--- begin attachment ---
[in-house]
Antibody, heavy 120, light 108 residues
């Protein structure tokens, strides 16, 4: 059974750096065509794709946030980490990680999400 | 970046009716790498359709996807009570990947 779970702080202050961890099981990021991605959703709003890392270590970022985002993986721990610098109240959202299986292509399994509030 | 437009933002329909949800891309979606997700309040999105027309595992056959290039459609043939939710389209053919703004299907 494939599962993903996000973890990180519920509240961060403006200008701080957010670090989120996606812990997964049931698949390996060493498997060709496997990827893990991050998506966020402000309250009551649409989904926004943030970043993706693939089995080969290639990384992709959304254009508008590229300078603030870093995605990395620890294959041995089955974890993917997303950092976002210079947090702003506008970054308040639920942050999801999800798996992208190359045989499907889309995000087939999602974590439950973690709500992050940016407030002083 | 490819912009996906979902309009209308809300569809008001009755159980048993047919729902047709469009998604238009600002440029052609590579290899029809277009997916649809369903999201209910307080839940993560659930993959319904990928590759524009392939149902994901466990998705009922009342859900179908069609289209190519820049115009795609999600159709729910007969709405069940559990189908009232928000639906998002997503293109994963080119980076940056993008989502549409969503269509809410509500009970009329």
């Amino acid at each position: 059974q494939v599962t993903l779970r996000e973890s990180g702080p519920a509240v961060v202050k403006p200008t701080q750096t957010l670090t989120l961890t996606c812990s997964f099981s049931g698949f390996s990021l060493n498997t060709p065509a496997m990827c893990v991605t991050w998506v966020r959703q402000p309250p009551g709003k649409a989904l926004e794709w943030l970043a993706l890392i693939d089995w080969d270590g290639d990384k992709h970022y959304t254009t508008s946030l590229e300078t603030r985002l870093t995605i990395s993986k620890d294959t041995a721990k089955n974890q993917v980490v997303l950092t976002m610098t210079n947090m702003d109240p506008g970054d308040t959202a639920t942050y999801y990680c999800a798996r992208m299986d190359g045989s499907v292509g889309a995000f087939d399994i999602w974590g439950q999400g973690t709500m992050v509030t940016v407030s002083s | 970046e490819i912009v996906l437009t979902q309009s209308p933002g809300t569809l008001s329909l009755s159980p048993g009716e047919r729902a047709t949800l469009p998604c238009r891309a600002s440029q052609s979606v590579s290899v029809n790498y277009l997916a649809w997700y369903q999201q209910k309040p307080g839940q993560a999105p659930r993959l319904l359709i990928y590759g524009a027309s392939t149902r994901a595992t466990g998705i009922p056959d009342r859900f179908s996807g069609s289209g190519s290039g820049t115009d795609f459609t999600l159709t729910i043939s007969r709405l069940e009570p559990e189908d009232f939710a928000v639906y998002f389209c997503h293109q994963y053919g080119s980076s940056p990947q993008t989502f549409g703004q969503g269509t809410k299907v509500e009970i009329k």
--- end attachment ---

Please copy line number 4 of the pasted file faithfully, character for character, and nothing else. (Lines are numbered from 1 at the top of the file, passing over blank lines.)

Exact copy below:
């Amino acid at each position: 059974q494939v599962t993903l779970r996000e973890s990180g702080p519920a509240v961060v202050k403006p200008t701080q750096t957010l670090t989120l961890t996606c812990s997964f099981s049931g698949f390996s990021l060493n498997t060709p065509a496997m990827c893990v991605t991050w998506v966020r959703q402000p309250p009551g709003k649409a989904l926004e794709w943030l970043a993706l890392i693939d089995w080969d270590g290639d990384k992709h970022y959304t254009t508008s946030l590229e300078t603030r985002l870093t995605i990395s993986k620890d294959t041995a721990k089955n974890q993917v980490v997303l950092t976002m610098t210079n947090m702003d109240p506008g970054d308040t959202a639920t942050y999801y990680c999800a798996r992208m299986d190359g045989s499907v292509g889309a995000f087939d399994i999602w974590g439950q999400g973690t709500m992050v509030t940016v407030s002083s | 970046e490819i912009v996906l437009t979902q309009s209308p933002g809300t569809l008001s329909l009755s159980p048993g009716e047919r729902a047709t949800l469009p998604c238009r891309a600002s440029q052609s979606v590579s290899v029809n790498y277009l997916a649809w997700y369903q999201q209910k309040p307080g839940q993560a999105p659930r993959l319904l359709i990928y590759g524009a027309s392939t149902r994901a595992t466990g998705i009922p056959d009342r859900f179908s996807g069609s289209g190519s290039g820049t115009d795609f459609t999600l159709t729910i043939s007969r709405l069940e009570p559990e189908d009232f939710a928000v639906y998002f389209c997503h293109q994963y053919g080119s980076s940056p990947q993008t989502f549409g703004q969503g269509t809410k299907v509500e009970i009329k």